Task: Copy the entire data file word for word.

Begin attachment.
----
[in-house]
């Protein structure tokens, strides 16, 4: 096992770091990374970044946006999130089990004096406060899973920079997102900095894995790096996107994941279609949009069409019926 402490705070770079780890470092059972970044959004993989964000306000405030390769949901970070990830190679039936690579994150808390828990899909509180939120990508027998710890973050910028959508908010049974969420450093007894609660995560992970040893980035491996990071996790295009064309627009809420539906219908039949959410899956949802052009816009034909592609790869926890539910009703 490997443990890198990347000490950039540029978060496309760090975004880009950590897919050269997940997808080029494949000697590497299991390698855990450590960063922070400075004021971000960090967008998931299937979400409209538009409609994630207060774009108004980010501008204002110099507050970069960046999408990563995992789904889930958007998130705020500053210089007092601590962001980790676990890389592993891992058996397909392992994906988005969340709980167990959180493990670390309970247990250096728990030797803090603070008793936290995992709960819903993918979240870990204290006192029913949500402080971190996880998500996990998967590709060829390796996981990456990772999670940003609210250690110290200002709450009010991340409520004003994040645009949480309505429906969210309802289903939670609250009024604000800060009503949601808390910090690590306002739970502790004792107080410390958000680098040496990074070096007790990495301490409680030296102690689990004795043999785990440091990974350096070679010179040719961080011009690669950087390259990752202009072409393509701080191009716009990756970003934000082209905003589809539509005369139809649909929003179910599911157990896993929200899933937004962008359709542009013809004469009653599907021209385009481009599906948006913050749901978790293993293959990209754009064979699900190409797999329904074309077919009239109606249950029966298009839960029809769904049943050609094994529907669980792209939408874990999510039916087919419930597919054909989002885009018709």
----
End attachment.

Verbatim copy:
[in-house]
């Protein structure tokens, strides 16, 4: 096992770091990374970044946006999130089990004096406060899973920079997102900095894995790096996107994941279609949009069409019926 402490705070770079780890470092059972970044959004993989964000306000405030390769949901970070990830190679039936690579994150808390828990899909509180939120990508027998710890973050910028959508908010049974969420450093007894609660995560992970040893980035491996990071996790295009064309627009809420539906219908039949959410899956949802052009816009034909592609790869926890539910009703 490997443990890198990347000490950039540029978060496309760090975004880009950590897919050269997940997808080029494949000697590497299991390698855990450590960063922070400075004021971000960090967008998931299937979400409209538009409609994630207060774009108004980010501008204002110099507050970069960046999408990563995992789904889930958007998130705020500053210089007092601590962001980790676990890389592993891992058996397909392992994906988005969340709980167990959180493990670390309970247990250096728990030797803090603070008793936290995992709960819903993918979240870990204290006192029913949500402080971190996880998500996990998967590709060829390796996981990456990772999670940003609210250690110290200002709450009010991340409520004003994040645009949480309505429906969210309802289903939670609250009024604000800060009503949601808390910090690590306002739970502790004792107080410390958000680098040496990074070096007790990495301490409680030296102690689990004795043999785990440091990974350096070679010179040719961080011009690669950087390259990752202009072409393509701080191009716009990756970003934000082209905003589809539509005369139809649909929003179910599911157990896993929200899933937004962008359709542009013809004469009653599907021209385009481009599906948006913050749901978790293993293959990209754009064979699900190409797999329904074309077919009239109606249950029966298009839960029809769904049943050609094994529907669980792209939408874990999510039916087919419930597919054909989002885009018709």